The three design houses represented are as Italian, yet international, as Parmesan cheese and wearing sunglasses at night-time…Giorgio Armani, Bvlgari and Kartell. The most colourfully expressive Bvlgari version (also given a B.500 ‘Mai Troppo’…Never Too Much…specific model name), takes dashboard weirdness onto another confusing, probably unsafe, yet astonishing plane. A similar colourway is carried onto the seat trim with a money-no-object frivolity. I love its boisterousness. Neither the Armani, nor Kartell alternatives are as wild. Yet, the Armani logo lends itself to the automotive arthouse scene with an unexpected ease, the edginess of Kartell providing a more naturalistic view of the designer environment. Both are lovely and it is sad that all three are strict one-offs to be auctioned for charity. I can only hope that a small run of Limited Editions may result in due course.

Fiat

Fiat

In the meantime, the ‘standard’ Fiat interior benefits from FIAT logo-embossed non-leather seat trim, which fits more roundly with an eco-stance, even though it is impressed by commercial happenstance. A completely new electrified platform features a 42kWh lithium-ion battery pack and an on-board 85kW fast-charge system. A practical side benefit lies in its 5-minute plug-in facility that provides up to 30 miles of get-you-home power, which is an industry first. A more intense, 35-minutes fast-charge will provide up to 80% maximum capacity, although plugging into a specific, 3kW (upgradable to 7.4kW) Easy Wallbox overnight will provide full charge and just under 200 miles of range.

Developing a total of 87kW, the 500e has a self-limited top speed of 93mph (come on…it’s more than enough!) and the ability to zip from 0-60mph in 8.7s. Three driving modes are selectable: Normal, Range and Sherpa. The latter setting is also the ultra-frugal one, lowering the maximum speed to just 50mph, switching off both the air-con and the heated front seats, as a means to eke out extra miles, as dictated by a journey plumbed into the sat-nav system. As a means to divert attention away from ‘range anxiety’, it is a thoughtful method. On the other hands, Normal ensures that the 500e feels almost the same as a conventional 500, while Range introduces a ‘one-pedal’ function, by which brake energy recovery is employed more aggressively to reduce a driver’s reliance on the left-hand foot pedal (brake), apart from coming to a grinding halt.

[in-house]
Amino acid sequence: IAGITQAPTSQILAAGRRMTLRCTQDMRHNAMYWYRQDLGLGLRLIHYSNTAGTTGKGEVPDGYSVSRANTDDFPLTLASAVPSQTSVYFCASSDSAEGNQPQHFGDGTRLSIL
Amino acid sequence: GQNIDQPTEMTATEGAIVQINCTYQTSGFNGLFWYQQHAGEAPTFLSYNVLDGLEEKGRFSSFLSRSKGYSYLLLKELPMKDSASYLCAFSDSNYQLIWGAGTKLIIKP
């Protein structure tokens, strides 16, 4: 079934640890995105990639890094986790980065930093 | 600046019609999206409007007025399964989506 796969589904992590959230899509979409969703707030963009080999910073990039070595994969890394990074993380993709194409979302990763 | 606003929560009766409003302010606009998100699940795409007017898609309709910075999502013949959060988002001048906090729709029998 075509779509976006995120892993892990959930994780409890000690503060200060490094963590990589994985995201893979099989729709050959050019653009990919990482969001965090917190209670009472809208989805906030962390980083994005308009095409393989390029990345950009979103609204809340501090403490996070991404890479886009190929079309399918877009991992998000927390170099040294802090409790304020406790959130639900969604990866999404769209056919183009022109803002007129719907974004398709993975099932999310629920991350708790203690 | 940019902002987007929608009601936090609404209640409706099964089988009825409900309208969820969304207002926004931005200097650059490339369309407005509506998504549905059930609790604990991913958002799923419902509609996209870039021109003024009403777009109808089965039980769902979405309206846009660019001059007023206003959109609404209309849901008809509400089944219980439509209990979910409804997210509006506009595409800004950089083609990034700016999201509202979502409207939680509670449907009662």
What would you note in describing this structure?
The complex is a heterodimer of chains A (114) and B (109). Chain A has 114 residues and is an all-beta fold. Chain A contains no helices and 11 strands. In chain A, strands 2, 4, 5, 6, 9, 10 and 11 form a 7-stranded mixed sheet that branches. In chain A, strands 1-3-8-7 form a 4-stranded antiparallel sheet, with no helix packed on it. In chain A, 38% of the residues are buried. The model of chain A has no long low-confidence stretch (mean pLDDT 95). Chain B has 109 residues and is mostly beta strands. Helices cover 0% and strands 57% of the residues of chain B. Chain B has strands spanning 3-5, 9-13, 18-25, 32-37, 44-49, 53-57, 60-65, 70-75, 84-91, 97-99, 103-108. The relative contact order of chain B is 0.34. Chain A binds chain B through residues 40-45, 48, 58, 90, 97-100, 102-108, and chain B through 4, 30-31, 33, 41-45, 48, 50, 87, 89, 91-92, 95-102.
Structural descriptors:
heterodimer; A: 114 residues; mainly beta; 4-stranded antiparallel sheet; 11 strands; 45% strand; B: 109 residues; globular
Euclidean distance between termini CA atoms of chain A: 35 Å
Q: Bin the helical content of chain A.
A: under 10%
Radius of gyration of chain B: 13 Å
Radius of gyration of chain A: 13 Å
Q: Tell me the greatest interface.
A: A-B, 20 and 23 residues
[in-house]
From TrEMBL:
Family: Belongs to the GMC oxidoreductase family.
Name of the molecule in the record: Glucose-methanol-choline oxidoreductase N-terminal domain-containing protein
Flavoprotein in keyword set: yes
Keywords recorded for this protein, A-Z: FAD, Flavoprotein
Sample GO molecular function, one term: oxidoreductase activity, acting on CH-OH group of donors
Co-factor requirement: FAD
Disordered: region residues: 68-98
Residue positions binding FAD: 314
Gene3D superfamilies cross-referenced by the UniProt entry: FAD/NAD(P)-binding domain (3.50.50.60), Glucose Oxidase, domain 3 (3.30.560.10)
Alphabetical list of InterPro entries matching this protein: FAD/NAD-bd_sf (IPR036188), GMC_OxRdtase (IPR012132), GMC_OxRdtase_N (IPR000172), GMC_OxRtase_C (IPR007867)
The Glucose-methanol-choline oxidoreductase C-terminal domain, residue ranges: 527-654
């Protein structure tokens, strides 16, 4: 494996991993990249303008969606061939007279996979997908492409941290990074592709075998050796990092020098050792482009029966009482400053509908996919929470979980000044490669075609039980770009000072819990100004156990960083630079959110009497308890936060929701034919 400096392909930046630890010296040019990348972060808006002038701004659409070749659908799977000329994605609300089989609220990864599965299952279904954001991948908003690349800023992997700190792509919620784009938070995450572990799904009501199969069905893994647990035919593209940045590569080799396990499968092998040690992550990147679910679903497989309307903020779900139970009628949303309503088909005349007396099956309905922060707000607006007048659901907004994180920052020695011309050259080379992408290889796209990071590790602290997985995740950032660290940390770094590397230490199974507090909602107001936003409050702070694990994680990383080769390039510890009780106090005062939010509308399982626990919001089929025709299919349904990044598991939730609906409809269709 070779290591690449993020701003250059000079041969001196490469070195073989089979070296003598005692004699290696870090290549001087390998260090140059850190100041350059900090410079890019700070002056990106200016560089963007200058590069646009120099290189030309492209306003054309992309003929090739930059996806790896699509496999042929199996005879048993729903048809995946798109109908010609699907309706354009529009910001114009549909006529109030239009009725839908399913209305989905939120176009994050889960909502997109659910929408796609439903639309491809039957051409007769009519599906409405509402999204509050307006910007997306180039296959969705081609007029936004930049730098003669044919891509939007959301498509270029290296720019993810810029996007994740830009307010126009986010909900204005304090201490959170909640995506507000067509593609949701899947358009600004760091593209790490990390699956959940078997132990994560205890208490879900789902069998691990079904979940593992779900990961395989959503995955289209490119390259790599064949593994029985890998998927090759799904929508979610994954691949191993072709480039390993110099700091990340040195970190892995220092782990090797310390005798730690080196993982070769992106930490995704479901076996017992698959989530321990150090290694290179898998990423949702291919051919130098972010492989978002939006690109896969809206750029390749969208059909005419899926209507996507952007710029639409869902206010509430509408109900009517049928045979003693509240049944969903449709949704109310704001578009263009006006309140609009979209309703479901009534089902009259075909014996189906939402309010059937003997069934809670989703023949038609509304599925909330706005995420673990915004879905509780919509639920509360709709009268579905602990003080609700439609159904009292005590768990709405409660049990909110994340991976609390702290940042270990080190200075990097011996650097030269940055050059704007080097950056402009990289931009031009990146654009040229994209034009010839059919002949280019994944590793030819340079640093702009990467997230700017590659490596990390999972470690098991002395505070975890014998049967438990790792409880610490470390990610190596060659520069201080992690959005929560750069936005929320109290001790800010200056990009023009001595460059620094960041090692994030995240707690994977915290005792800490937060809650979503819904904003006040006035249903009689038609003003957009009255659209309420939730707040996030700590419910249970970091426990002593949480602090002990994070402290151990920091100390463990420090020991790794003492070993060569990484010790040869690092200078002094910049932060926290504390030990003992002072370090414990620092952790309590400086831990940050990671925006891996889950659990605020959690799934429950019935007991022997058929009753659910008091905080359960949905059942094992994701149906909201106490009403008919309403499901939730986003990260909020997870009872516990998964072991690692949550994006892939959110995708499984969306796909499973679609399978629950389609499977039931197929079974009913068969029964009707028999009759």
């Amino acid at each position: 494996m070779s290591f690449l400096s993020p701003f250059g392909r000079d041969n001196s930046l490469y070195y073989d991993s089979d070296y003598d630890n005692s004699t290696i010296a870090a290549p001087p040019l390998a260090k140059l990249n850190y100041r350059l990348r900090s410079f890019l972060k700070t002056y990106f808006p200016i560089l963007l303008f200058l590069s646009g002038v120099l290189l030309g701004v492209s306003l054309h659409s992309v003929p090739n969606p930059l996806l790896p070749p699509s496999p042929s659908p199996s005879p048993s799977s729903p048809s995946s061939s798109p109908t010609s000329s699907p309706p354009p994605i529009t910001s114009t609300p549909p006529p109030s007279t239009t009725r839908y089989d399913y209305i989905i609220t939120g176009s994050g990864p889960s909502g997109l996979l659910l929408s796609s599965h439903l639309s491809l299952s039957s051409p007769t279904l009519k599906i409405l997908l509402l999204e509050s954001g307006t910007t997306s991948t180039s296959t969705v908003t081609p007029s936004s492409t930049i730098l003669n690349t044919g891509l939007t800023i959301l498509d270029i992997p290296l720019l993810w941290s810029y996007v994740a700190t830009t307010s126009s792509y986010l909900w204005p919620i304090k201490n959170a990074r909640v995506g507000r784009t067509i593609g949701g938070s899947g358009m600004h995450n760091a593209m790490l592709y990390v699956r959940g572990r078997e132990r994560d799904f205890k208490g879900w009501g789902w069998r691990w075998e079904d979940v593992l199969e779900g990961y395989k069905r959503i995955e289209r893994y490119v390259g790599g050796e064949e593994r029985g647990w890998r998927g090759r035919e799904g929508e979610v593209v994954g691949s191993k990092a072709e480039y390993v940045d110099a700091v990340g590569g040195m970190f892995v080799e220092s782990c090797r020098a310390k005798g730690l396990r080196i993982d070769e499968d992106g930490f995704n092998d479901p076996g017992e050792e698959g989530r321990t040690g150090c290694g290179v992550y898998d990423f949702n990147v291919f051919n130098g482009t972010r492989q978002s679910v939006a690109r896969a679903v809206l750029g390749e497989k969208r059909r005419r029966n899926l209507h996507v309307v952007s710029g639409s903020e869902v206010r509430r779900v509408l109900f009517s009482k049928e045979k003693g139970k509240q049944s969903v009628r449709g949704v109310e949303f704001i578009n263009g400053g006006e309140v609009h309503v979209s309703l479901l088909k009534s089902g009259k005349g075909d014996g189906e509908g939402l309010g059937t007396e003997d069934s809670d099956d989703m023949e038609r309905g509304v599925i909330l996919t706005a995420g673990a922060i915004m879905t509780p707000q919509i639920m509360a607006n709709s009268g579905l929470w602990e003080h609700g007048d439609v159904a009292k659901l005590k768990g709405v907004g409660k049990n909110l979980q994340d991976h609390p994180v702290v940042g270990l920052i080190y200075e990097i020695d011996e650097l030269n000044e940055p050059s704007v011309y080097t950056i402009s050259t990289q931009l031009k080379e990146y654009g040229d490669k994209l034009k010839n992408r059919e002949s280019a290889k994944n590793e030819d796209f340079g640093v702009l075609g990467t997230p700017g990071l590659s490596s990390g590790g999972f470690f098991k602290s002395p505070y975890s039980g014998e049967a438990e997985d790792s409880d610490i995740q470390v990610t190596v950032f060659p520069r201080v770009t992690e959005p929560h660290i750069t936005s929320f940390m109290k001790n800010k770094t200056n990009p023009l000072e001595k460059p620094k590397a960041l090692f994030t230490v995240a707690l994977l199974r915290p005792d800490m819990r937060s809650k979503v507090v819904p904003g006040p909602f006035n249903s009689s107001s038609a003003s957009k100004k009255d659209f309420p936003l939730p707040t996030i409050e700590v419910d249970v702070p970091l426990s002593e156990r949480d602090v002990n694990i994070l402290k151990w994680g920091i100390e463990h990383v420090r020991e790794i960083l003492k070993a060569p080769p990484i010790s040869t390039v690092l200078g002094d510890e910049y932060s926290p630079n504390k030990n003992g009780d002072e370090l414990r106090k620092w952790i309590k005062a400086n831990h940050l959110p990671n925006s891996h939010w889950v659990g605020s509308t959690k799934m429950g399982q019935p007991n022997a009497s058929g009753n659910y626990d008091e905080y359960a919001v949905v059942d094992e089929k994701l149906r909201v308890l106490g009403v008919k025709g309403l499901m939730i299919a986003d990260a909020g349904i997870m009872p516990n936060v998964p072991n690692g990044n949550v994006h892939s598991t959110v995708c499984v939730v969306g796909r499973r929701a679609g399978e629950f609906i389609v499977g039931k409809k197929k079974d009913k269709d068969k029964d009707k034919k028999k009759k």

Fiat

Fiat

For the first time in the city-car category, the 500e is packed with ADAS and Level 2 autonomous driving potential. As such, cameras and sensors are deployed in built-up areas, with the primary intention of providing total driver/occupant safety and convenience. A 10.25-inch touchscreen provides access to all systems, connectivity and electronic features.

However, there is a hefty price to pay for the 500e in its present convertible form and Fiat dealers are taking orders based on a £29,000 (including the £3,500 government grant, which would list the car at £32,500!) price tag. If you are desperate to jump onto the BEV-bandwagon, this is surely a stylish way to do so but it is flaming expensive. It is anticipated that deliveries will commence later this year, at an unconfirmed date.

Conclusion:     Cute, characterful and costly, the Fiat 500e is the brand’s fist dip into electrified waters, which might be as cosy as the exercise infers. To be frank, I cannot see a particularly rapid uptake rate of 500e models but it is encouraging that Fiat is in the game.